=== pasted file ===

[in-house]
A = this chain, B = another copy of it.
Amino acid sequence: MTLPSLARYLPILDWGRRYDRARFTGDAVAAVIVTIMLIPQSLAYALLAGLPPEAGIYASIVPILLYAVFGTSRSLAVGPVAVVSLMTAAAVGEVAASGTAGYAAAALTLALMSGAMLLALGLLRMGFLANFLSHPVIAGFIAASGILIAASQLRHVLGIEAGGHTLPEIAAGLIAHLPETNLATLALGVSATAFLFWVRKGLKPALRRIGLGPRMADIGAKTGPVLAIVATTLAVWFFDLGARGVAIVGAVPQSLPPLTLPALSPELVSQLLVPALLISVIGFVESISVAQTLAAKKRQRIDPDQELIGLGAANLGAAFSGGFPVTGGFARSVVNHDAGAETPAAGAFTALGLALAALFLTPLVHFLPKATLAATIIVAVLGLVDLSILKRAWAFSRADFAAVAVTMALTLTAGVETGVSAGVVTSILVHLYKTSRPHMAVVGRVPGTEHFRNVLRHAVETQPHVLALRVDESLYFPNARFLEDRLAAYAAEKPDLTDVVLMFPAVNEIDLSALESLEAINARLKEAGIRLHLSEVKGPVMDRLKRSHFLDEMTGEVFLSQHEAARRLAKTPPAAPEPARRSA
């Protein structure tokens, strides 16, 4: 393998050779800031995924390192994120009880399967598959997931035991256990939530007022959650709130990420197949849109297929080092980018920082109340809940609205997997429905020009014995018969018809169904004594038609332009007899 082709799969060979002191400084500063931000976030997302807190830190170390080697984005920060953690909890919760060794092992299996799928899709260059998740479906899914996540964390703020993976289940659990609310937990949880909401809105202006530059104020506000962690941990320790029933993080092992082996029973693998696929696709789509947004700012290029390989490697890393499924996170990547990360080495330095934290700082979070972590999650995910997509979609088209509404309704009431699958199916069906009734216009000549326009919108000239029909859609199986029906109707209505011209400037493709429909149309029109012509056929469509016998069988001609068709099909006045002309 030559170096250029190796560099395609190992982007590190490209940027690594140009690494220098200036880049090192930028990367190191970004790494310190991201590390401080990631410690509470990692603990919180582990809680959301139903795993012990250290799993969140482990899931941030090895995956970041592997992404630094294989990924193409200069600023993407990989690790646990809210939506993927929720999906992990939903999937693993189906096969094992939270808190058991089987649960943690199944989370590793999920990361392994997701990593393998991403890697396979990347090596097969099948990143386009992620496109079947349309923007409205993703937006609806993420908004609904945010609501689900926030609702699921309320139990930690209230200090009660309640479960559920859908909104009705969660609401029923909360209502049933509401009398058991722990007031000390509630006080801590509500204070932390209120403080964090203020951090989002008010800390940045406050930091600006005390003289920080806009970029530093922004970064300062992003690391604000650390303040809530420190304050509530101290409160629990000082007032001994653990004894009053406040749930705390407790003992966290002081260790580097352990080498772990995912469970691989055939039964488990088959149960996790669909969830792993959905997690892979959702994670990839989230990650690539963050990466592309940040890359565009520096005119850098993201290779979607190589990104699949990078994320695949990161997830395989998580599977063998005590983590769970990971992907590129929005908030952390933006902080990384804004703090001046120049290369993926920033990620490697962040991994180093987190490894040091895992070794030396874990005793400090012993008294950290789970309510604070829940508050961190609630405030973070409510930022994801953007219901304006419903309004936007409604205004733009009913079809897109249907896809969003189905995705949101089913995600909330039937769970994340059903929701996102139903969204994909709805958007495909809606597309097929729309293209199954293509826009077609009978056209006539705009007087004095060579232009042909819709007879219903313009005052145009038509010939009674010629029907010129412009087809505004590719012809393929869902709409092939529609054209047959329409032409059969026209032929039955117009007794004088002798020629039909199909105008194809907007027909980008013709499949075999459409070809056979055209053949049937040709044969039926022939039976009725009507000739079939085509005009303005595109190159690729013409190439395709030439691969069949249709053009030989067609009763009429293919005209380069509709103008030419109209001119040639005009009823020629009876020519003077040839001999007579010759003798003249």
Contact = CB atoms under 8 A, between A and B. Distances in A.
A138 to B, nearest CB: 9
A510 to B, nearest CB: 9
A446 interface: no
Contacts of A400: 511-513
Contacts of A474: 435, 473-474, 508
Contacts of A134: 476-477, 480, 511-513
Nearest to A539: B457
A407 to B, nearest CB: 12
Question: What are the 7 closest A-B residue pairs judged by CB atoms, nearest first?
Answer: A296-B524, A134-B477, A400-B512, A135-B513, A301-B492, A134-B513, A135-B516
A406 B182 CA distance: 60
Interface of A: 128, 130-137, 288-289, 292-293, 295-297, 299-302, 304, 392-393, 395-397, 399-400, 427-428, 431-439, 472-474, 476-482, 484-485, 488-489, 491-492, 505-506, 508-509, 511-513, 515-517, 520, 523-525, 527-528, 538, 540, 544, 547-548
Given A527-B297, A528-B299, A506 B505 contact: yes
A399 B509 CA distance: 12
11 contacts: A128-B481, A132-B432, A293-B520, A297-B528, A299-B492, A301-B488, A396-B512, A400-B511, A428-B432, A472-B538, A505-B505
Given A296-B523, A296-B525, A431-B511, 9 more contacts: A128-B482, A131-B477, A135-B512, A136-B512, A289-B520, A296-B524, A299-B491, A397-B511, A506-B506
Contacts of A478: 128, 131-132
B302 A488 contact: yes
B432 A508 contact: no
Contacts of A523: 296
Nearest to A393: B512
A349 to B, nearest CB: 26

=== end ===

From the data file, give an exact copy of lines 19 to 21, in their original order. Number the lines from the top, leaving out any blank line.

A399 B509 CA distance: 12
11 contacts: A128-B481, A132-B432, A293-B520, A297-B528, A299-B492, A301-B488, A396-B512, A400-B511, A428-B432, A472-B538, A505-B505
Given A296-B523, A296-B525, A431-B511, 9 more contacts: A128-B482, A131-B477, A135-B512, A136-B512, A289-B520, A296-B524, A299-B491, A397-B511, A506-B506